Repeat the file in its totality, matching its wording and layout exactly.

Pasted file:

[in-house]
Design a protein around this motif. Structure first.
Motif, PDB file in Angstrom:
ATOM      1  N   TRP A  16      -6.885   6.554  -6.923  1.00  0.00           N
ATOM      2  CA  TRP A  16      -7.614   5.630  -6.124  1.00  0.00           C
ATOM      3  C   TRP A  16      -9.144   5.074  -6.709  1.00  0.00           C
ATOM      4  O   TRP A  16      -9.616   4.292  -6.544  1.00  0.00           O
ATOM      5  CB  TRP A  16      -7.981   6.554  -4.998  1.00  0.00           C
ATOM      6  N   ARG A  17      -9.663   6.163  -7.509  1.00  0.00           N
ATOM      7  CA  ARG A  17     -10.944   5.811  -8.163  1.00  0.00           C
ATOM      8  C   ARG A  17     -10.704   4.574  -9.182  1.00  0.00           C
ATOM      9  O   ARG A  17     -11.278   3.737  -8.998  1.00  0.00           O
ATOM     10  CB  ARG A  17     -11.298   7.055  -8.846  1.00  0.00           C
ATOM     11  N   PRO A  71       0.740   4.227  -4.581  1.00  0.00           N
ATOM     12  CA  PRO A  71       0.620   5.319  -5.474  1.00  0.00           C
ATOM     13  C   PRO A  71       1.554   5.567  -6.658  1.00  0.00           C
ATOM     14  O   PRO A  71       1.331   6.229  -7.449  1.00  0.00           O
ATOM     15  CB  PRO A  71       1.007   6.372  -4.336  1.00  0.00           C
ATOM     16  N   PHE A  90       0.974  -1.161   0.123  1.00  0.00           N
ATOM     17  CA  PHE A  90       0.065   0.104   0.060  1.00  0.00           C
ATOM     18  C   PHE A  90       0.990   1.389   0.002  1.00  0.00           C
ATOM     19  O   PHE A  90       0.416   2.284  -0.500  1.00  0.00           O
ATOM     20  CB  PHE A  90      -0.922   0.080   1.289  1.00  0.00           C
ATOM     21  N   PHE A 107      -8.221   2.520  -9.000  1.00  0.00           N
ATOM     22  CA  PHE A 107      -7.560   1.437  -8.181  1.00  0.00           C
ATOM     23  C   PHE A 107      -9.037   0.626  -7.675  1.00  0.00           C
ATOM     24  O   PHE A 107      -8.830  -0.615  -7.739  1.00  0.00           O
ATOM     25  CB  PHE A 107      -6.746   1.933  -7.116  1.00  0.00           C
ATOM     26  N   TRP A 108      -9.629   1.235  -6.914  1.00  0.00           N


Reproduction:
[in-house]
Design a protein around this motif. Structure first.
Motif, PDB file in Angstrom:
ATOM      1  N   TRP A  16      -6.885   6.554  -6.923  1.00  0.00           N
ATOM      2  CA  TRP A  16      -7.614   5.630  -6.124  1.00  0.00           C
ATOM      3  C   TRP A  16      -9.144   5.074  -6.709  1.00  0.00           C
ATOM      4  O   TRP A  16      -9.616   4.292  -6.544  1.00  0.00           O
ATOM      5  CB  TRP A  16      -7.981   6.554  -4.998  1.00  0.00           C
ATOM      6  N   ARG A  17      -9.663   6.163  -7.509  1.00  0.00           N
ATOM      7  CA  ARG A  17     -10.944   5.811  -8.163  1.00  0.00           C
ATOM      8  C   ARG A  17     -10.704   4.574  -9.182  1.00  0.00           C
ATOM      9  O   ARG A  17     -11.278   3.737  -8.998  1.00  0.00           O
ATOM     10  CB  ARG A  17     -11.298   7.055  -8.846  1.00  0.00           C
ATOM     11  N   PRO A  71       0.740   4.227  -4.581  1.00  0.00           N
ATOM     12  CA  PRO A  71       0.620   5.319  -5.474  1.00  0.00           C
ATOM     13  C   PRO A  71       1.554   5.567  -6.658  1.00  0.00           C
ATOM     14  O   PRO A  71       1.331   6.229  -7.449  1.00  0.00           O
ATOM     15  CB  PRO A  71       1.007   6.372  -4.336  1.00  0.00           C
ATOM     16  N   PHE A  90       0.974  -1.161   0.123  1.00  0.00           N
ATOM     17  CA  PHE A  90       0.065   0.104   0.060  1.00  0.00           C
ATOM     18  C   PHE A  90       0.990   1.389   0.002  1.00  0.00           C
ATOM     19  O   PHE A  90       0.416   2.284  -0.500  1.00  0.00           O
ATOM     20  CB  PHE A  90      -0.922   0.080   1.289  1.00  0.00           C
ATOM     21  N   PHE A 107      -8.221   2.520  -9.000  1.00  0.00           N
ATOM     22  CA  PHE A 107      -7.560   1.437  -8.181  1.00  0.00           C
ATOM     23  C   PHE A 107      -9.037   0.626  -7.675  1.00  0.00           C
ATOM     24  O   PHE A 107      -8.830  -0.615  -7.739  1.00  0.00           O
ATOM     25  CB  PHE A 107      -6.746   1.933  -7.116  1.00  0.00           C
ATOM     26  N   TRP A 108      -9.629   1.235  -6.914  1.00  0.00           N